11:05 AM (EDT)

Anne-Sophie Miclo

Doctoral candidate, Université du Québec à Montréal (UQAM)

The Body as a Scaffold, the Back as a Canvas: Tim exhibited, Tim reified? (in French)

Wim Delvoye, Tim (2006-2008)
Tim Steiner sitting for Tim, Museum of the Old and New Art, Hobart
Photo: Courtesy Studio Wim Delvoye
Linked as much to its creator Wim Delvoye as it is to its namesake Tim Steiner, Tim (2006) is a singular work. From the tattooing session of Tim Steiner’s back alongside the pigs who were undergoing the same experience in 2006, to the holding of the exhibition Tim at the MONA in April 2020 in an empty museum (following the closing of the venue due to the pandemic), the evolution of the Tim exhibition modes conveys an increasingly assumed and proclaimed reification, leading the carrier of the work to state that “my back is the canvas.” This presentation foregrounds the reification of the body through its various exhibitions. To this end, the variations and evolutions of the Tim exhibition apparatuses (pedestals, lighting, duration) will be compiled and studied through the prism of pre-existing exhibitionary apparatuses (human zoo, tableau vivant, performance), requiring one to rethink the subject/object dialectic in this artwork.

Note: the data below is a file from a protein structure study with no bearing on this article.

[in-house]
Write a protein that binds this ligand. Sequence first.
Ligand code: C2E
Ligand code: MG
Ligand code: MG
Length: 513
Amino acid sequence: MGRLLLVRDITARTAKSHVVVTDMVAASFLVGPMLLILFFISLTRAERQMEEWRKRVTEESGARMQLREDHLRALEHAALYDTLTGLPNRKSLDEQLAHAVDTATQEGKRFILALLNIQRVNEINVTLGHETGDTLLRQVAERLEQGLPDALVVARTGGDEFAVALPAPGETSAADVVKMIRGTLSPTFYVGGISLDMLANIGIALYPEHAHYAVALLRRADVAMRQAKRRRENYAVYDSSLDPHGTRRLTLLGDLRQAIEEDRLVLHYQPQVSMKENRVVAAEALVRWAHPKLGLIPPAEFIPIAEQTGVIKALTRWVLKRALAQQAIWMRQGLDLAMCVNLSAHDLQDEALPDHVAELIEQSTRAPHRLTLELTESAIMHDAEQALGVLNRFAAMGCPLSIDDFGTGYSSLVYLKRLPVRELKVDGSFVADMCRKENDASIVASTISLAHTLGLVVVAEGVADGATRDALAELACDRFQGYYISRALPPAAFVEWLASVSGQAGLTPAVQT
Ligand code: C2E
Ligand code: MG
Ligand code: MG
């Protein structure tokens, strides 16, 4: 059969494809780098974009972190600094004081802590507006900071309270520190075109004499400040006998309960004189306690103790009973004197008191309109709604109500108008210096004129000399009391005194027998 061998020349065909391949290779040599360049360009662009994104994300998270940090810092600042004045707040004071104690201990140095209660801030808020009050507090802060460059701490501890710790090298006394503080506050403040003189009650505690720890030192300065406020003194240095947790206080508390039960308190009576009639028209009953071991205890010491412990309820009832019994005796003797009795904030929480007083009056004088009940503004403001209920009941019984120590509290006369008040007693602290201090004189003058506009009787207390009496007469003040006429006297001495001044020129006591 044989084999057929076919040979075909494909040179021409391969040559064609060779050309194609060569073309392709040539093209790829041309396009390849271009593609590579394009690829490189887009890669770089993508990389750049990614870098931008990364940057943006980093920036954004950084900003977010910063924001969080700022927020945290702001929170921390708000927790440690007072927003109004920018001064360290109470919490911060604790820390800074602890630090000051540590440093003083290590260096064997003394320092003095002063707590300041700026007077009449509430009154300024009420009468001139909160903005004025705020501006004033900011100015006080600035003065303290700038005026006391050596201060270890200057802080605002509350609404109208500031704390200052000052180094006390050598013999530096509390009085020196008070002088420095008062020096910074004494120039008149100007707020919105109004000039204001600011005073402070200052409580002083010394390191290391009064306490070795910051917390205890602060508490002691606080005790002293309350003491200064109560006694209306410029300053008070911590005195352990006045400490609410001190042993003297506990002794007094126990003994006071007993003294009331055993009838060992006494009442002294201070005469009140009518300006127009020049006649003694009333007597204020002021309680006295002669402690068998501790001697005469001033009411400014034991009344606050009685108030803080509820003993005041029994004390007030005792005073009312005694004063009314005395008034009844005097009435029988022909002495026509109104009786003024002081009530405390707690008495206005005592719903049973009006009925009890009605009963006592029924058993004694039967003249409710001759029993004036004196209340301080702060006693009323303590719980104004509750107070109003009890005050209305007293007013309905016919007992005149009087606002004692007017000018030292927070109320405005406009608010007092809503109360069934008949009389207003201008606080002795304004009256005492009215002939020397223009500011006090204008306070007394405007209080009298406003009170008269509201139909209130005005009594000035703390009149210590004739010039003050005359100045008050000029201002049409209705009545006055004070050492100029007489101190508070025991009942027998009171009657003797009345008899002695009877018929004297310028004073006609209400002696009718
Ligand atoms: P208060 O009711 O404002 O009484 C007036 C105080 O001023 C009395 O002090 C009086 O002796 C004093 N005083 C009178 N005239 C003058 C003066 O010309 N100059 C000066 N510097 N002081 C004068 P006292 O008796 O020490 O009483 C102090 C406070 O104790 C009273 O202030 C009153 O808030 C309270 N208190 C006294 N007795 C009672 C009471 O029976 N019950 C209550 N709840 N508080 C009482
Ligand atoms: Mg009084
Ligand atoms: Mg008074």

Anne-Sophie Miclo is an adjunct professor and doctoral candidate in art history at UQAM. Supported by the FRQSC, her doctoral research explores the impact of the living on museum practices. She is a student member of Figura, centre de recherche sur le texte et l’imaginaire as well as Groupe de recherche et de réflexion CIÉCO : Collections et impératif évènementiel/The Convulsive Collections. She is the author of several texts and exhibition catalogues about contemporary art practices. Her essay, titled “Three Variations on the Theme of Extinction: Looking Anew at the Art and Science of Mark Dion,” will soon come out in the volume Animals, Plants and Afterimages: The Art and Science of Representing Extinction, to be published by Berghahn Books in 2022.